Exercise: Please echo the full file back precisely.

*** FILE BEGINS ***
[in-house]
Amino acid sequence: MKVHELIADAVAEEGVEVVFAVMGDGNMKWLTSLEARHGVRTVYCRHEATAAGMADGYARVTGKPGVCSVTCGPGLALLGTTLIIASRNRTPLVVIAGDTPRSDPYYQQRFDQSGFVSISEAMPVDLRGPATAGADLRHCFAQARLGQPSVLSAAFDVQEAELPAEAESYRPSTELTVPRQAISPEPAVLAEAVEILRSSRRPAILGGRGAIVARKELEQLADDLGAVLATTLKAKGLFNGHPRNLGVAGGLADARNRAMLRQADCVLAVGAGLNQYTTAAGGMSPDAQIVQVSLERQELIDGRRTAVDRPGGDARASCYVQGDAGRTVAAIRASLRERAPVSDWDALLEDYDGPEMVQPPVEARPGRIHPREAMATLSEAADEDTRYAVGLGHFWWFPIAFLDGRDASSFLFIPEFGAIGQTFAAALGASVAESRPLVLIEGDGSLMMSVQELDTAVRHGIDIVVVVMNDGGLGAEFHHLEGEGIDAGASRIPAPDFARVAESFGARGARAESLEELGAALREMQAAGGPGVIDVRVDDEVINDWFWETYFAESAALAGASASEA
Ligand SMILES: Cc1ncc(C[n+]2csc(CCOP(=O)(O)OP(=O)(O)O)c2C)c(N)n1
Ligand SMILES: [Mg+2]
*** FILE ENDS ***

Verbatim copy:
[in-house]
Amino acid sequence: MKVHELIADAVAEEGVEVVFAVMGDGNMKWLTSLEARHGVRTVYCRHEATAAGMADGYARVTGKPGVCSVTCGPGLALLGTTLIIASRNRTPLVVIAGDTPRSDPYYQQRFDQSGFVSISEAMPVDLRGPATAGADLRHCFAQARLGQPSVLSAAFDVQEAELPAEAESYRPSTELTVPRQAISPEPAVLAEAVEILRSSRRPAILGGRGAIVARKELEQLADDLGAVLATTLKAKGLFNGHPRNLGVAGGLADARNRAMLRQADCVLAVGAGLNQYTTAAGGMSPDAQIVQVSLERQELIDGRRTAVDRPGGDARASCYVQGDAGRTVAAIRASLRERAPVSDWDALLEDYDGPEMVQPPVEARPGRIHPREAMATLSEAADEDTRYAVGLGHFWWFPIAFLDGRDASSFLFIPEFGAIGQTFAAALGASVAESRPLVLIEGDGSLMMSVQELDTAVRHGIDIVVVVMNDGGLGAEFHHLEGEGIDAGASRIPAPDFARVAESFGARGARAESLEELGAALREMQAAGGPGVIDVRVDDEVINDWFWETYFAESAALAGASASEA
Ligand SMILES: Cc1ncc(C[n+]2csc(CCOP(=O)(O)OP(=O)(O)O)c2C)c(N)n1
Ligand SMILES: [Mg+2]